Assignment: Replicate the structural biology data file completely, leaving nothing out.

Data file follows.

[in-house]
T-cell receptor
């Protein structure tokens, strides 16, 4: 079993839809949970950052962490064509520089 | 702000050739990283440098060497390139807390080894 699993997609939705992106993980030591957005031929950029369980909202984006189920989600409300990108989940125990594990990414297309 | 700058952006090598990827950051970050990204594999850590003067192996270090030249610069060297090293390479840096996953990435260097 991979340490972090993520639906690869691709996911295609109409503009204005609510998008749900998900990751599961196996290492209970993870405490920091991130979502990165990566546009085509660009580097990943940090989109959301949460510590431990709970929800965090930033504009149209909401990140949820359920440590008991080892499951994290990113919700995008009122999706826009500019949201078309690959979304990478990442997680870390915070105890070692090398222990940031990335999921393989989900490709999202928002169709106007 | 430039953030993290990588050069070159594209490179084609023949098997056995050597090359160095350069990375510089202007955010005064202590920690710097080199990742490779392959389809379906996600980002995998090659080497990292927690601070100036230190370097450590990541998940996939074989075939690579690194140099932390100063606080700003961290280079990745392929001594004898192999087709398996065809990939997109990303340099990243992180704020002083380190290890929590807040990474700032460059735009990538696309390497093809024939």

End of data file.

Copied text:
[in-house]
T-cell receptor
């Protein structure tokens, strides 16, 4: 079993839809949970950052962490064509520089 | 702000050739990283440098060497390139807390080894 699993997609939705992106993980030591957005031929950029369980909202984006189920989600409300990108989940125990594990990414297309 | 700058952006090598990827950051970050990204594999850590003067192996270090030249610069060297090293390479840096996953990435260097 991979340490972090993520639906690869691709996911295609109409503009204005609510998008749900998900990751599961196996290492209970993870405490920091991130979502990165990566546009085509660009580097990943940090989109959301949460510590431990709970929800965090930033504009149209909401990140949820359920440590008991080892499951994290990113919700995008009122999706826009500019949201078309690959979304990478990442997680870390915070105890070692090398222990940031990335999921393989989900490709999202928002169709106007 | 430039953030993290990588050069070159594209490179084609023949098997056995050597090359160095350069990375510089202007955010005064202590920690710097080199990742490779392959389809379906996600980002995998090659080497990292927690601070100036230190370097450590990541998940996939074989075939690579690194140099932390100063606080700003961290280079990745392929001594004898192999087709398996065809990939997109990303340099990243992180704020002083380190290890929590807040990474700032460059735009990538696309390497093809024939």